A feast of flavours
I AM unexpectedly, but blissfully released from the nightly slavery of cooking for two fussy adults and one fussy teen.
Oh, and one fussy dog (roo meat and chopped carrots and apples).
Let's be honest.
If the budget was stretchier, we'd eat out more often, not just to avoid the domestic drudgery but the dishes as well (that would get a vote from the teenager, probably on Facebook).
Fortunately, at the Byron Bay Beach Cafe, you don't need a large amount of credit to enjoy a fancy meal.
This is an eatery where the servings are generous and the prices are reasonable.
They say the share plates make great entrees but we found them main course size.
We ordered four dishes (a little ambitiously in retrospect) - slaw of zucchini, carrot, celery and beetroot with seeds, toasted nuts and mustard vinaigrette ($15); miso marinated beef fillet, Chinese broccoli, toasted sesame seeds and wasabi mayonnaise ($26); slow roast crispy pork belly with baked pears, dressed lentils and cabernet dressing ($22) and Salt & Szechuan pepper squid, pea shoot salad, sweet and sour cucumber and chilli caramel ($18).
The evening manager Lara Alberd organised for them to be staggered so it was like an ongoing feast of flavours, us emerging after each dish with increasing doubt about how much more we could eat but, for the sake of Queen and country, persisting.
The slaw was fresh and crunchy and piquant and healthy.
The beef was very, very tender - chef Christian Paulsen (formerly at St Elmo Dining Room & Bar) - told us it has been marinating for four days.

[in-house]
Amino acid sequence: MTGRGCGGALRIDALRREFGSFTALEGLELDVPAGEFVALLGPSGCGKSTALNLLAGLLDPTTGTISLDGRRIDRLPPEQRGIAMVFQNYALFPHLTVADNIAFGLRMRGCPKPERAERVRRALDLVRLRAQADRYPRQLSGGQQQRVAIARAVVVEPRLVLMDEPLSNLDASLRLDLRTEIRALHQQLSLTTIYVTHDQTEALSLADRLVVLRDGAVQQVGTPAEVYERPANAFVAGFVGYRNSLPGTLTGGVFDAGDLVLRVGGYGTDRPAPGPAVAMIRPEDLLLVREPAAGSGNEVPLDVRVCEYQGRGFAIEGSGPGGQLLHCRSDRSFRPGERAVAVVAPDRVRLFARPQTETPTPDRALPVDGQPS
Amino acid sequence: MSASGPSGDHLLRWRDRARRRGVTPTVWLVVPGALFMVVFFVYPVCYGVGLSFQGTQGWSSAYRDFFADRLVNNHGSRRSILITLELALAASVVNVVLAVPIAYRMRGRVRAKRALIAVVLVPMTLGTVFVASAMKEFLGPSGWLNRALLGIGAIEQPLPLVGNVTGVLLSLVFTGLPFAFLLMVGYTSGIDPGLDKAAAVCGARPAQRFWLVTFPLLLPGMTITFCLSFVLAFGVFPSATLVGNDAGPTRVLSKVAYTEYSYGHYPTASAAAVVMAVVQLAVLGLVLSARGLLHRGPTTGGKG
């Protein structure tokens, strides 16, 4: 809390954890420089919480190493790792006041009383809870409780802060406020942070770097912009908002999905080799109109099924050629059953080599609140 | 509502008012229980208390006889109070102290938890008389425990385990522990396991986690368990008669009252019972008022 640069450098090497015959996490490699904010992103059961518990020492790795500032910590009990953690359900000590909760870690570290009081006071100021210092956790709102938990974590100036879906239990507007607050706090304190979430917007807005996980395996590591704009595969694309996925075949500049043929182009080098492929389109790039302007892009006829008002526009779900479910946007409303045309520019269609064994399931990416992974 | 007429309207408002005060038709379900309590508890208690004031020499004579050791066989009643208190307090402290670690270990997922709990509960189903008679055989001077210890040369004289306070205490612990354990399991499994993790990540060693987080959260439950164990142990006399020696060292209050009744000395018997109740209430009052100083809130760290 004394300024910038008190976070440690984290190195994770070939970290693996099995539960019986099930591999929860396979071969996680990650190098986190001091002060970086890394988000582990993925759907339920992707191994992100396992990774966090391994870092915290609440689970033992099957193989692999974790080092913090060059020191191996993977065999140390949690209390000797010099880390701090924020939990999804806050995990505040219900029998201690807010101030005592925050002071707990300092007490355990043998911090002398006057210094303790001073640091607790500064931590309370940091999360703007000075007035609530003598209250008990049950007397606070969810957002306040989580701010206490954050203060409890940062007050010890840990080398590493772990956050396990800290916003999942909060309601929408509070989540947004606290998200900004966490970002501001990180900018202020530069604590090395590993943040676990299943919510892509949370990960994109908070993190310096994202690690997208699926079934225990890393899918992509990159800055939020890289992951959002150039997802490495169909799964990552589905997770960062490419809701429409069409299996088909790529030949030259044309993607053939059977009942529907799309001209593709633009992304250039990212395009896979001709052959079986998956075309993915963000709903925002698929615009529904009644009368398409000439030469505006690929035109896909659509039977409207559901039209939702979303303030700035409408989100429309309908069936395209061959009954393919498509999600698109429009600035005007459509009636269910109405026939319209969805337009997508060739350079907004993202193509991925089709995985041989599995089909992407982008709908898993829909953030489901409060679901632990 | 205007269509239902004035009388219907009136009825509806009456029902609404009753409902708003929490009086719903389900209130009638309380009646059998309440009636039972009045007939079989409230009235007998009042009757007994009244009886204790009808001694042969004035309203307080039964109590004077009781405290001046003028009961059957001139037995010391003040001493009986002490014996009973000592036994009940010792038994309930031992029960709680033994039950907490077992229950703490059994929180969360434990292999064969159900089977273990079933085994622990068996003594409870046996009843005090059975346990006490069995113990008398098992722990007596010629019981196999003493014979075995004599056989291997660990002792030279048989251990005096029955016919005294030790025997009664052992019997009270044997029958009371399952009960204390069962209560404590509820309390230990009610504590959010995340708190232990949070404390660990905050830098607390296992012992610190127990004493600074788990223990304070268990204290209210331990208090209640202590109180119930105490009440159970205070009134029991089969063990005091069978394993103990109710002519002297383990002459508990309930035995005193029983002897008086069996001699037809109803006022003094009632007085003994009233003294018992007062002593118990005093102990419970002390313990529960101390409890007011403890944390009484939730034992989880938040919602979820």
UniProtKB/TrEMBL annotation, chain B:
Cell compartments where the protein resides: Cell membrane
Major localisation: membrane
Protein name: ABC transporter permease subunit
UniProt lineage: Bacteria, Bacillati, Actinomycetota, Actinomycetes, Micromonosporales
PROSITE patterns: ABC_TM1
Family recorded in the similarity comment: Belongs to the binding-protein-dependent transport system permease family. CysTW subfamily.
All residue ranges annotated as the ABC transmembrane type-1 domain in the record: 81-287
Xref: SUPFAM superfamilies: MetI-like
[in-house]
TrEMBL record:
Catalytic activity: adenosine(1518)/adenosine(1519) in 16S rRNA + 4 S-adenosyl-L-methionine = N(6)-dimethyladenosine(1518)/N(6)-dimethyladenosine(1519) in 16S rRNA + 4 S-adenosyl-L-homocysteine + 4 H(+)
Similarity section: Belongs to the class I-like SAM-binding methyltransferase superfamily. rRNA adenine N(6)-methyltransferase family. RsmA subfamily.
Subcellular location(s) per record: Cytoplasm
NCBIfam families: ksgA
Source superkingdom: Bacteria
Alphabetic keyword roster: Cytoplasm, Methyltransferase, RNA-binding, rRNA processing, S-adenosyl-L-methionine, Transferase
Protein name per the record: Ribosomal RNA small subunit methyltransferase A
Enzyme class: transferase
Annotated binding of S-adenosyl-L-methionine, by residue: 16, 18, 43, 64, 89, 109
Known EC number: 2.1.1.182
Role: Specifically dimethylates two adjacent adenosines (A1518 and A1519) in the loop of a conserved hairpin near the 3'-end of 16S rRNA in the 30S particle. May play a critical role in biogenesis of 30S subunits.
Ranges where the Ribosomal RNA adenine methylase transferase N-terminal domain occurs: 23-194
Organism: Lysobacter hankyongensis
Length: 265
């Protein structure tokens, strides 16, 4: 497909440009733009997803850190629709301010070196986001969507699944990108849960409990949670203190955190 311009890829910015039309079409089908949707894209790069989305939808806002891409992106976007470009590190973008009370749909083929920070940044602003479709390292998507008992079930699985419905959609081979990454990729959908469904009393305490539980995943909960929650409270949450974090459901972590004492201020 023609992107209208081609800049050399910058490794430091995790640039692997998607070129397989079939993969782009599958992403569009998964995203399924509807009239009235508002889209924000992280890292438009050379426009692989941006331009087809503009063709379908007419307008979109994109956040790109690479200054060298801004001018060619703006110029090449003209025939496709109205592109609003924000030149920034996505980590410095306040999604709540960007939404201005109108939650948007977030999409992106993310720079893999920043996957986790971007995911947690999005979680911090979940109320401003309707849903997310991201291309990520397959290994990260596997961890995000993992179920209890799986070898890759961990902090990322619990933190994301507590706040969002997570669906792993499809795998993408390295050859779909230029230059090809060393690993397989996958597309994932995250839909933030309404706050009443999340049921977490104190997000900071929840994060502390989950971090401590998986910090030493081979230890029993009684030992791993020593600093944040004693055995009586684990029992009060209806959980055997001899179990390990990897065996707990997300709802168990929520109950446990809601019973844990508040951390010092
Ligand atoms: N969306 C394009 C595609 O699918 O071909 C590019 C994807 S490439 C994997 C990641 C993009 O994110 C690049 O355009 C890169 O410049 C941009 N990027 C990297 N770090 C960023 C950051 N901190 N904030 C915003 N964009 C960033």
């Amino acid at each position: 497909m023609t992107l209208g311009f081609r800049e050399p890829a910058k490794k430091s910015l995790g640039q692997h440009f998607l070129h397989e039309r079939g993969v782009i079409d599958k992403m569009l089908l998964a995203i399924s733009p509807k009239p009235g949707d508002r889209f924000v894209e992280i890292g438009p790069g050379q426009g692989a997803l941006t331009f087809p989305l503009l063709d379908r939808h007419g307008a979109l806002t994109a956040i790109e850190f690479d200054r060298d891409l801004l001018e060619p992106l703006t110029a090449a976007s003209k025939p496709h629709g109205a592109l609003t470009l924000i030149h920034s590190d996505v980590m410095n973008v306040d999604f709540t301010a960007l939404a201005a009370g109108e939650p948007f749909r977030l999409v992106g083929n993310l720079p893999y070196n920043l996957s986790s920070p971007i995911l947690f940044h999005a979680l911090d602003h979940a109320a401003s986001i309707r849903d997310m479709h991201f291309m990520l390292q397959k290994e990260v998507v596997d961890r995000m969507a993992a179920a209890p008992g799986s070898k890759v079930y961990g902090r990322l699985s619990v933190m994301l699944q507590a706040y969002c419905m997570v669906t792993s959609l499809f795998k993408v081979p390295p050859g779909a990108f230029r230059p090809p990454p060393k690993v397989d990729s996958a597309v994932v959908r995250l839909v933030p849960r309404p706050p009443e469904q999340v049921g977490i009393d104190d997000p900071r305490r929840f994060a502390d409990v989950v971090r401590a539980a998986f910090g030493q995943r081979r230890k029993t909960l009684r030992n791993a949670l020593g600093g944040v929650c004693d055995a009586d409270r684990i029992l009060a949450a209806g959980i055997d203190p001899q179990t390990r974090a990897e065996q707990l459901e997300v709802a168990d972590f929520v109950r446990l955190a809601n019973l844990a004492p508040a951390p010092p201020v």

It was a bit rare for my taste, but apparently they can cook it any way you like it.
When the squid arrived, there was so much of it that, even though it is my absolutely favourite dish, I declined the last few pieces.
Fortunately my partner, made of sturdier stuff, pronounced these melt in the mouth and nicely balanced by the sweet sauce and sour cucumber.
Finally it was time for the pork and the four big pieces of it - and the caramelised pears it emerged with - proved irresistible.
There's other share plates - crisp skinned salmon with warm kipfler potato salad, grilled asparagus and lemon, for example -and, if you are up for a main course, plenty of choice there too.
Try the twice cooked half duck with shaved fennel and roquette salad, straw potatoes and blood orange ($28); fish of the day, selected from the local market with garnishes ($28); rolled free range chicken with morels and tarragon, swiss brown mushroom and potato forestiere ($26) and even beer battered fish and chips with mixed salad and house tartare sauce ($22).
Says Christian: "We wanted the menu to be luxurious and experimental but still offer fish and chips."
For dessert, someone at our table who is watching their sweet intake managed to eat the white chocolate and lemon cheesecake with berry compote ($10).
He pronounced every mouthful of it creamy and delicious.
In fact, I only narrowly stopped him licking the plate. If he'd do that at home, there wouldn't be any dishes.
If you have children, there's dishes like mini ham and pineapple pizza with chips ($15) and a dessert entitled Harry Potter's wizard hat ($8).
Of course you could leave them at home and just have a romantic night out but, either way, you'll feel welcome and relaxed.
I almost forgot to mention the view.
If you snare a good table, you can see the sun set on Clarke's Beach and that has to be one of the best views in Australia.
Atmosphere: Casual chic, beachy.
We love: The generous share plates, the ocean view.
Best night to go: Saturday or Sunday, when you just want to relax.
Open: Every day from 7.30am.
Prices:Share plates from $15 to $26, mains from $22 to $28, desserts $10 to $12.